The most common way to start seeds is with plastic containers. Until recently, most were made for single use, though sometimes growers could successfully reuse them. More recently, some companies now offer rigid, reusable, heavy-duty plant starting trays. These are a significant step up in quality and price from the typical plastic plant-starting supplies.
One of the main benefits of plastic starting equipment is the variety and versatility of the options. From large fruit and nut tree pots down to 144s—trays with 144 small plastic spots for flowers, brassicas and other plants that don’t need much space—you can find everything you might want or need. Plastic starting equipment is also relatively inexpensive, especially if you can use it more than once. Some growers sanitize it before a second use to reduce the risk of spreading disease or other problems to the next batch of seedlings.
Plastic plant start containers have some drawbacks, the first being the plastic itself. Some people dislike using a non-renewable resource for a single or, at best, few-time use. The second drawback is root binding. As roots spread, they begin to fill the space in the starting medium. If roots hit something that they can’t penetrate, they change direction to continue growing. Thus, an impermeable container creates the perfect environment for creating root-bound plants.
Root bound plants don’t grow as well, are more susceptible to disease and face more transplant failures. This seems easy to avoid: Get your plants in the ground before they become root bound. But sometimes issues such as weather, work or illness delays putting plants into the ground. Root binding can happen in just a week or so. Star-shaped pots work well to alleviate this problem. For these two reasons, many growers opt for nonplastic approaches to plant starts.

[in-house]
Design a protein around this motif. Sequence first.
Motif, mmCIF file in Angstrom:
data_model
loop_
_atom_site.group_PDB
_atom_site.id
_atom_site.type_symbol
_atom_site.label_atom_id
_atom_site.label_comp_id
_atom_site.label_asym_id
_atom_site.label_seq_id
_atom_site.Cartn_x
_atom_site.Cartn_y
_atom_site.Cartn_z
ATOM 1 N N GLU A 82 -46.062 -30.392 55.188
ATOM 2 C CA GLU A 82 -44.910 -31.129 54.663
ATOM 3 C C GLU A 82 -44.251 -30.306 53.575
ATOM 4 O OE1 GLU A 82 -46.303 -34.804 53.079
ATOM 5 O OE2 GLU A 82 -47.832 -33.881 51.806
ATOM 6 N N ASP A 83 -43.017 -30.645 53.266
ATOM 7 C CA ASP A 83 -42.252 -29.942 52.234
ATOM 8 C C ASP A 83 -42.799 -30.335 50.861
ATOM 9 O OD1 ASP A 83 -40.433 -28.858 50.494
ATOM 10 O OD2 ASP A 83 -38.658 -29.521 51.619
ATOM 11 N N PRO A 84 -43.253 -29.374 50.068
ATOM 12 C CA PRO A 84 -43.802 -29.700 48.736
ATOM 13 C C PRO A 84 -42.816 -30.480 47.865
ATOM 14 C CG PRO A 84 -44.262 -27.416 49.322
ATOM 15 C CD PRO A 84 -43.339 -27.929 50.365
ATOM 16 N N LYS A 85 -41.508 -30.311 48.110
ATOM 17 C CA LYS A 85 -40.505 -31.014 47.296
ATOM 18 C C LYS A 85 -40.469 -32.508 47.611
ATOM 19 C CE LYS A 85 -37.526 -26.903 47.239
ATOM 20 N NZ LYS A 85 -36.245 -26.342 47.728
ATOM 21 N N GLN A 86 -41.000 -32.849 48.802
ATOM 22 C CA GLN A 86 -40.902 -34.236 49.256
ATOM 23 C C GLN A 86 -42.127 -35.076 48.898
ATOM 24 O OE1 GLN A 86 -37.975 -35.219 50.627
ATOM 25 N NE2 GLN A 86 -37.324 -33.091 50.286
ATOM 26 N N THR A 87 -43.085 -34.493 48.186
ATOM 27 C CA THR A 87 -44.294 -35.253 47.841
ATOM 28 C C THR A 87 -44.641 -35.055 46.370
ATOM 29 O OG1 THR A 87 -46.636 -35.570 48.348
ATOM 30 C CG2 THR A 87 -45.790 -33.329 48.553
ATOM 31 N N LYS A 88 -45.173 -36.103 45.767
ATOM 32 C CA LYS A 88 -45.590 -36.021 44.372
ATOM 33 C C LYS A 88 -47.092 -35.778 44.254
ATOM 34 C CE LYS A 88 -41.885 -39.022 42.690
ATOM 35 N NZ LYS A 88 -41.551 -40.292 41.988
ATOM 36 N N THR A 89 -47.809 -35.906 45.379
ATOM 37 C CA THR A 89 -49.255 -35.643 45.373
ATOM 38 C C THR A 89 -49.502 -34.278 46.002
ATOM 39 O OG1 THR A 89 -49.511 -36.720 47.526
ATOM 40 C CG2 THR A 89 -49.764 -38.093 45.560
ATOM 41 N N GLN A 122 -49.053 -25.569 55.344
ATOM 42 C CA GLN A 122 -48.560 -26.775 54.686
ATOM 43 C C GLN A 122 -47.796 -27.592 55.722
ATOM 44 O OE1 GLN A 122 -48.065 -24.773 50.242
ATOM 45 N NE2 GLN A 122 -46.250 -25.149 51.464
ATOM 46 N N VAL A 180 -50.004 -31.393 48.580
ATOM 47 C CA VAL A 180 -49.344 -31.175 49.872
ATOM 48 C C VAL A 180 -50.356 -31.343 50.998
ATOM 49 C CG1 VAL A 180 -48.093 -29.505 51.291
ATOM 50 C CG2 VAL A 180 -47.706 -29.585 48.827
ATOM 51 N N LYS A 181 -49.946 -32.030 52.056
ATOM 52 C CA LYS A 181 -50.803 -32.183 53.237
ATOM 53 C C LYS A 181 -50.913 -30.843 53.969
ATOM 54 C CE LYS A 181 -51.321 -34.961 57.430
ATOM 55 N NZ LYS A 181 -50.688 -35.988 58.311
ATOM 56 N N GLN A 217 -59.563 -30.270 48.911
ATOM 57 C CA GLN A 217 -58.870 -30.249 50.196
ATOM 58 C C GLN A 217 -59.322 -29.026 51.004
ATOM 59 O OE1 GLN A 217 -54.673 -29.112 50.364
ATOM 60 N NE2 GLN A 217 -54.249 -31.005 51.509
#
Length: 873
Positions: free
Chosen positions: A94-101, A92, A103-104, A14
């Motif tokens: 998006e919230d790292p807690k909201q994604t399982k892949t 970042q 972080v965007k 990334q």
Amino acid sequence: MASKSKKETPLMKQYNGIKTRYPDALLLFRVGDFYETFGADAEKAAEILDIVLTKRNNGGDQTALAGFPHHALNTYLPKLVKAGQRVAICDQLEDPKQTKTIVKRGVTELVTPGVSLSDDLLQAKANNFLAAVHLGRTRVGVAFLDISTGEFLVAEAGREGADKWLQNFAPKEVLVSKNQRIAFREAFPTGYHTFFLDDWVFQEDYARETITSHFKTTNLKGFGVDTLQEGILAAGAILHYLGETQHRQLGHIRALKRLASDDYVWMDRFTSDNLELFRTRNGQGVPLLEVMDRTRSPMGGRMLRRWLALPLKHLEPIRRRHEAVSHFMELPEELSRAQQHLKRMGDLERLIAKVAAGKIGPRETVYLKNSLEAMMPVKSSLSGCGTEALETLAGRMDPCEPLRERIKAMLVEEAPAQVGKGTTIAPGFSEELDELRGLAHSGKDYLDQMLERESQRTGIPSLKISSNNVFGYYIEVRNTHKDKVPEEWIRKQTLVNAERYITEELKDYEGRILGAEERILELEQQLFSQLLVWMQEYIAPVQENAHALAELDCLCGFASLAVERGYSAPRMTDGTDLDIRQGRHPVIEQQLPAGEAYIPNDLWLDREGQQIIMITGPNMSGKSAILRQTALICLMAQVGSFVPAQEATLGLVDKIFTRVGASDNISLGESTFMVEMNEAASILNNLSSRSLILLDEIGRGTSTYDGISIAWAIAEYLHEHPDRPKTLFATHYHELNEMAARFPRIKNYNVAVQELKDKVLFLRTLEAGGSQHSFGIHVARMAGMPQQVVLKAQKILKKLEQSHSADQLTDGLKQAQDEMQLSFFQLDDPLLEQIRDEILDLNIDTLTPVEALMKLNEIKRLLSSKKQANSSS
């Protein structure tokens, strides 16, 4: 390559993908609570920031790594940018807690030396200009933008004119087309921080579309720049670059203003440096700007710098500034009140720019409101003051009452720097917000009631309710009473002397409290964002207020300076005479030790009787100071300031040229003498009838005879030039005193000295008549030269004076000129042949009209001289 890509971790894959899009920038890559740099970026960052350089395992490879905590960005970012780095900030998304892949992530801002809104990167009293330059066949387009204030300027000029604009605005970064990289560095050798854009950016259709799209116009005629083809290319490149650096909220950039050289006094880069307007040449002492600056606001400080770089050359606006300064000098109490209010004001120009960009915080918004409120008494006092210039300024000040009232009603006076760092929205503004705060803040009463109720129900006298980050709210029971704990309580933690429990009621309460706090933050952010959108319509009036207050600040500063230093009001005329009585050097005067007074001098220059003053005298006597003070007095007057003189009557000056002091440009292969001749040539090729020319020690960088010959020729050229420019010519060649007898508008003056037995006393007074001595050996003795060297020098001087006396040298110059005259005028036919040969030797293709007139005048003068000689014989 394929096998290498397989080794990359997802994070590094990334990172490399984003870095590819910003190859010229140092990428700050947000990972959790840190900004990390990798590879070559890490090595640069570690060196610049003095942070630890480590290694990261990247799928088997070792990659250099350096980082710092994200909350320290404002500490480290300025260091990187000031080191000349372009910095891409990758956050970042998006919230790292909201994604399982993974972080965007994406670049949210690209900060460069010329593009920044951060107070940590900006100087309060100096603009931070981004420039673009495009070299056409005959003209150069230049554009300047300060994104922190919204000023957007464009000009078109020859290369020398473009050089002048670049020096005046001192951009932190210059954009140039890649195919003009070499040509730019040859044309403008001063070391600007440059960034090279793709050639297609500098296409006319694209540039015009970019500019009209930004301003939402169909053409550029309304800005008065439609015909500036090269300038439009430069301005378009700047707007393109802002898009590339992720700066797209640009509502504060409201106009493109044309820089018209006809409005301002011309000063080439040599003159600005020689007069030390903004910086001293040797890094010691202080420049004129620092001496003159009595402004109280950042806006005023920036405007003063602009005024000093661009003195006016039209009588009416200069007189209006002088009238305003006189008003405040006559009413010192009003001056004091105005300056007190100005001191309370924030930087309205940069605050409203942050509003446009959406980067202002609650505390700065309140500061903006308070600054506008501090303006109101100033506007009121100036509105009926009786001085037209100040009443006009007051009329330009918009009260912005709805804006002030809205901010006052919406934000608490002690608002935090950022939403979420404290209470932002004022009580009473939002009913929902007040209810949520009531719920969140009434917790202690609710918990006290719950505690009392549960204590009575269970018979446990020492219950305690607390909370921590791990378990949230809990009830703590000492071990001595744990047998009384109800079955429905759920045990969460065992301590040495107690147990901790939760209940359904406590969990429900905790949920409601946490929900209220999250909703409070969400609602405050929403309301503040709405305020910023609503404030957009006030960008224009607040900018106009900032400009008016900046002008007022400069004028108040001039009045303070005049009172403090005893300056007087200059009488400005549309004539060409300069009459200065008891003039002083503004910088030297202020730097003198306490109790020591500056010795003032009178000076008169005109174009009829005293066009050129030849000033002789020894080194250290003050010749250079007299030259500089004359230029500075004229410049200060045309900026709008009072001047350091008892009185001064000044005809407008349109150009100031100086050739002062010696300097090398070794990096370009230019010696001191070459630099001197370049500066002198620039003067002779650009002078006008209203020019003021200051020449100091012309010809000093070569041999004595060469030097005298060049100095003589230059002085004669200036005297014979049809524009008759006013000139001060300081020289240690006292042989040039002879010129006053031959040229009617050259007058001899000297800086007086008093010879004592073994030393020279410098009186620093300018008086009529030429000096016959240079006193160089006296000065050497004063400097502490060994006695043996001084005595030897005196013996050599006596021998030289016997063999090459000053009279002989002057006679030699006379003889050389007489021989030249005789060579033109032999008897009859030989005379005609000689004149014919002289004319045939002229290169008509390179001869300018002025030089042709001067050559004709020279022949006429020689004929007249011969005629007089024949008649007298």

Imagine making freestanding plant-starting blocks out of growing medium. Welcome to soil blocks, originally envisioned and introduced by well-known grower Eliot Coleman. Soil blocks are the ultimate DIY approach to seed starting. All you need is a soil blocking tool and a recipe—along with the ingredients.
A soil blocker generally pays for itself compared with purchasing plastic or biodegradable pots in a single season or two. That said, most growers need several sizes of soil blocker because they start plants in a variety of sizes based on the plants’ needs. So the initial investment to get all the necessary soil blockers can be quite high, especially the stand-up models that are easiest for larger scale production.
Unlike plastic, there is no root-binding issue with soil blocks because roots naturally “air trim.” Also, soil blockers allow rehoming of plants that get too large for the original block. This helps if you need to delay transplanting for a few weeks and the plant gets too large for its current container.
With the right soil-blocking tool, you can make a bigger block and put the existing block (and plant) into it. Some growers use this to conserve space in the early season when their plant-starting space is full. As quick-to-transplant crops go into the ground, plants not ready for the field can then be reblocked
for continued controlled environment growth.
Soil blocking is somewhat labor intensive. This is its main drawback. If you do a lot of plant starts, upgrading to the stand-up versions is prudent, albeit expensive. Another drawback is block integrity. If something is wrong with any of your main ingredients, or you mess up proportions, the blocks might crumble. If you are selling plant starts, blocks might not be as popular or user-friendly or attractive to consumers. Soil blocks often fall apart during watering.